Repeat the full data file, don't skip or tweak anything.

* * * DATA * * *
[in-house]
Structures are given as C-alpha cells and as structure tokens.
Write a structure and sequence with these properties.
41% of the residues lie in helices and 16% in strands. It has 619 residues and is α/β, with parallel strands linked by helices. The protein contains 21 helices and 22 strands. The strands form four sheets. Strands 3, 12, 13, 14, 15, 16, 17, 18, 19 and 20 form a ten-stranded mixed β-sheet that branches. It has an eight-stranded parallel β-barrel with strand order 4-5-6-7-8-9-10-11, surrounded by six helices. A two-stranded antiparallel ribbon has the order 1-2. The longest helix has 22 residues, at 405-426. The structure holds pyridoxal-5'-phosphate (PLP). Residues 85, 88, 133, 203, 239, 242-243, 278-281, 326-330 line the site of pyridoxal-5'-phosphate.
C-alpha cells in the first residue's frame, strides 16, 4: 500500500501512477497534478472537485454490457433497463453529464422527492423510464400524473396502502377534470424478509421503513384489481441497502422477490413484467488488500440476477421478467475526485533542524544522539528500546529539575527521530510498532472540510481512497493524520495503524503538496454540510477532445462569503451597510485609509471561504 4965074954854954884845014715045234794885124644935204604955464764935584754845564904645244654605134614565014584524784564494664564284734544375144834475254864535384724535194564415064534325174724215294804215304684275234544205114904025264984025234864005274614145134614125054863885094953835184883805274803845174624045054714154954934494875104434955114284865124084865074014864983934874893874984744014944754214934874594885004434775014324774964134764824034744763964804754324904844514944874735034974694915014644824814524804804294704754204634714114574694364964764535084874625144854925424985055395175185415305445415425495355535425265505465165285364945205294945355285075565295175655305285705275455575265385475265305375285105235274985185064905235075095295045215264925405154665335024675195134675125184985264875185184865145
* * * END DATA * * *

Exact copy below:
[in-house]
Structures are given as C-alpha cells and as structure tokens.
Write a structure and sequence with these properties.
41% of the residues lie in helices and 16% in strands. It has 619 residues and is α/β, with parallel strands linked by helices. The protein contains 21 helices and 22 strands. The strands form four sheets. Strands 3, 12, 13, 14, 15, 16, 17, 18, 19 and 20 form a ten-stranded mixed β-sheet that branches. It has an eight-stranded parallel β-barrel with strand order 4-5-6-7-8-9-10-11, surrounded by six helices. A two-stranded antiparallel ribbon has the order 1-2. The longest helix has 22 residues, at 405-426. The structure holds pyridoxal-5'-phosphate (PLP). Residues 85, 88, 133, 203, 239, 242-243, 278-281, 326-330 line the site of pyridoxal-5'-phosphate.
C-alpha cells in the first residue's frame, strides 16, 4: 500500500501512477497534478472537485454490457433497463453529464422527492423510464400524473396502502377534470424478509421503513384489481441497502422477490413484467488488500440476477421478467475526485533542524544522539528500546529539575527521530510498532472540510481512497493524520495503524503538496454540510477532445462569503451597510485609509471561504 4965074954854954884845014715045234794885124644935204604955464764935584754845564904645244654605134614565014584524784564494664564284734544375144834475254864535384724535194564415064534325174724215294804215304684275234544205114904025264984025234864005274614145134614125054863885094953835184883805274803845174624045054714154954934494875104434955114284865124084865074014864983934874893874984744014944754214934874594885004434775014324774964134764824034744763964804754324904844514944874735034974694915014644824814524804804294704754204634714114574694364964764535084874625144854925424985055395175185415305445415425495355535425265505465165285364945205294945355285075565295175655305285705275455575265385475265305375285105235274985185064905235075095295045215264925405154665335024675195134675125184985264875185184865145